The presence of one dislocation in the otherwise perfect crystal was found to increase the FWHM of the prismatic reflection rocking curve of the associated ice voxel to a value of about 3–4′′, about twice that of the perfect crystal matrix [see Fig. 3(a) and Fig. 7(a) below]. This is in agreement with a direct calculation of the average mosaic spread of the prismatic planes seen, over a 50 µm path, by a 10 µm-wide X-ray beam travelling perpendicular to a screw dislocation lying in the basal plane (10 µm corresponds to the CCD camera pixel size). On the other hand, whereas the global dislocation density in the crystal (∼4 × 102 cm cm−3) is too low to broaden the RC of the entire Bragg diffraction image (Kaganer & Sabelfeld, 2010), this density, when referred to a voxel (50 × 50 × 10 µm) containing a single dislocation, would correspond to a value of 2 × 105 cm cm−3.
More surprisingly, dislocation images are also visible on the maps of the angular position of the RC centre of gravity (Fig. 4), where they shift the RC peak by 2′′ in the negative or positive direction. The origin of this shift does not reside in a misorientation associated with the presence of the screw dislocation, because the average misorientation of the prismatic planes in a voxel containing a basal screw dislocation is zero, the vector field of the normals to the prismatic planes in the surrounding area of a basal screw dislocation exhibiting a circular symmetry. The vector normal to the prismatic lattice planes is parallel to the basal screw dislocation line far from the dislocation core and increasingly inclines the closer we get to the dislocation core. Yet, on a circle around the dislocation core, the angle between the normal vector of the lattice planes and the dislocation line is a constant (Fig. 5). As a result, the misorientation of the lattice planes on one side of the dislocation is cancelled out by the one on the opposite side: the average orientation of the prismatic lattice planes in a voxel is, therefore, not affected by the presence of a basal screw dislocation.
However, if the dislocation line is not centred in the voxel but closer to its edge, there may be a net contribution of the distortion field and a shift in the mean orientation of the voxel. This mechanism would lead to the visibility of (very roughly) about half the dislocations, i.e. the ones located near the edges of the voxel. Comparison of the integrated intensity map with the FWHM shows that nearly all dislocations are visible on this last image. Another feature could explain the shift of the RC peak in the dislocation region: an incident beam that propagates through a dislocation line crosses one lattice plane less (or one lattice plane more, depending on the orientation of the Burgers vector of the screw dislocation). The thickness of a virtual slice is approximately 50 µm while one lattice spacing distance is ∼5 × 10−4 µm. This leads to a variation in the effective lattice spacing due to the presence of the screw dislocation Δd/d ≃ 10−5. The variations in the effective lattice spacing are associated with a difference in the Bragg angle and an angular shift Δθ = (Δd/d)tanθ, visible on the RC peak position maps. The Δθ difference in the Bragg angle resulting from such a mechanism appears to be in keeping with the values that we have measured.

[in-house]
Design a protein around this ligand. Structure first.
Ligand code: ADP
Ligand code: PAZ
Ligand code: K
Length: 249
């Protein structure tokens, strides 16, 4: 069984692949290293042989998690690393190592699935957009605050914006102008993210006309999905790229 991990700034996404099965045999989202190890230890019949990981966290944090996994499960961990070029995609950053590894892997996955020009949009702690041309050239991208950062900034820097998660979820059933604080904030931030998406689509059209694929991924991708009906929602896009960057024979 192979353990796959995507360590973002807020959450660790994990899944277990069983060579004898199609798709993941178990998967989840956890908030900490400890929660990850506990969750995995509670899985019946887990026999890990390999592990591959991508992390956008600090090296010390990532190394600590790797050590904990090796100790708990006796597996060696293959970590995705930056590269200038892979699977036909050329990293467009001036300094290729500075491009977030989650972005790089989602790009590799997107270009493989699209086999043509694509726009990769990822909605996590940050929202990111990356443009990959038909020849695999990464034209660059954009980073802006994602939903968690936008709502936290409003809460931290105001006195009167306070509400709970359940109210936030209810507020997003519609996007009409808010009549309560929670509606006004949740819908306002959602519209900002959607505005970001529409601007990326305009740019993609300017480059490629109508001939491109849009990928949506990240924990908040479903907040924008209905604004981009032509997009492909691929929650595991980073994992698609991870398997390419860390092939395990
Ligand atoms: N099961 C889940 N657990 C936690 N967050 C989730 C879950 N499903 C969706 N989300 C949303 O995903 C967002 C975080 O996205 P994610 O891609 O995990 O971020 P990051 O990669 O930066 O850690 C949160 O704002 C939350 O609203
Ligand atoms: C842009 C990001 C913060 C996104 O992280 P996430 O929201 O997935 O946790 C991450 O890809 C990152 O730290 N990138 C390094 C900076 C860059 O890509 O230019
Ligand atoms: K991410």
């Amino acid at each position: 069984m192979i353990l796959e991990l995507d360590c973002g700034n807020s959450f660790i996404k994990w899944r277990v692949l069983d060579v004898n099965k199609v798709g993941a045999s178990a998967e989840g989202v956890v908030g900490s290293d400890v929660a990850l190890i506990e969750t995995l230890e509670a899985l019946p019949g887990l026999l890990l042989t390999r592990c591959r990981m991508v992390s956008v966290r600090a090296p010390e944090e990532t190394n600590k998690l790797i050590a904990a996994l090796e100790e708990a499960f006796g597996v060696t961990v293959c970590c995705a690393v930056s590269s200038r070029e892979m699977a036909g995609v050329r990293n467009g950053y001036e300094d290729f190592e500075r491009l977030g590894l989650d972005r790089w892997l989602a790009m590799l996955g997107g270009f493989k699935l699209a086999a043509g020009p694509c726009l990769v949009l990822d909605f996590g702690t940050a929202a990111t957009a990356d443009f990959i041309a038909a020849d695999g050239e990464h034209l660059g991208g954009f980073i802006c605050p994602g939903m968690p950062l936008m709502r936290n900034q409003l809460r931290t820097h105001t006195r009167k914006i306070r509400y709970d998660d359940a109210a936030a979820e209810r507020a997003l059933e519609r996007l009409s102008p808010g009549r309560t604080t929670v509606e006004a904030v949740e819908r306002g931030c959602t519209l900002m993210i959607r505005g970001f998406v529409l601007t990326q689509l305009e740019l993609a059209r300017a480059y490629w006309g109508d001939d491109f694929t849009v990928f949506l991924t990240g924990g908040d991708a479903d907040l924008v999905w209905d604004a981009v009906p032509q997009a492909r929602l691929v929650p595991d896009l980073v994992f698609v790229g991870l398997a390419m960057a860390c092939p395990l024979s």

Two steps of deformation were obtained through two successive applications of an external compressive stress of 1.1 MPa over a period of 40 min. The RCI experiments were performed, in both cases, 1 h after unloading the specimen.
Fig. 7 shows, for comparison, the FWHM maps of the central virtual slice in (a) the initial state, with individual dislocation images, (b) the first step of deformation, with the occurrence of slip bands, which exhibit FWHM values two to three times higher than the voxels containing individual dislocations, and (c) the final state, after a further application of the external stress, which shows the inception of the formation of a subgrain boundary, in the neighbourhood of the triple junction, with FWHMs two orders of magnitude higher than for dislocations.
In the first step of deformation, the stress application induced a broadening of the global RC. The basal RC was recorded in an angular interval Δω = 0.13° and the prismatic one in Δω = 0.09°, which is approximately ten times higher than in the initial state. At this point the dispersive effects are negligible; the broadening of the RC arises from crystal lattice distortions due to the viscoplastic deformation. The basal rocking curve still has a one-peak shape, whereas the prismatic one reveals the first polygonization effects: it contains a main peak characterized by an FWHM of about 0.005° and a background where at least two broader peaks can be distinguished.
Already, after the first loading of the crystal, the basal screw dislocation density seen on prismatic images is too high to resolve single dislocations (Fig. 7b). The dislocations are arranged into basal glide planes which allow the plastic deformation of the crystal. The glide planes are visible as parallel lines on the prismatic integrated intensity and FWHM images. On these last images (Fig. 7b) the glide planes exhibit values in the range 5–20′′. In the initial state the presence of one dislocation in the prismatic image is associated with an additional broadening of the local RC peak which goes from 1.5–2′′ to 3–4′′. If we consider, as a first approximation, a linear dependency between the FWHM of the voxel rocking curve and the number of basal dislocations in that elementary volume, we can associate an FWHM value of 20′′ in a glide plane with the presence, within this volume, of about five to seven dislocations.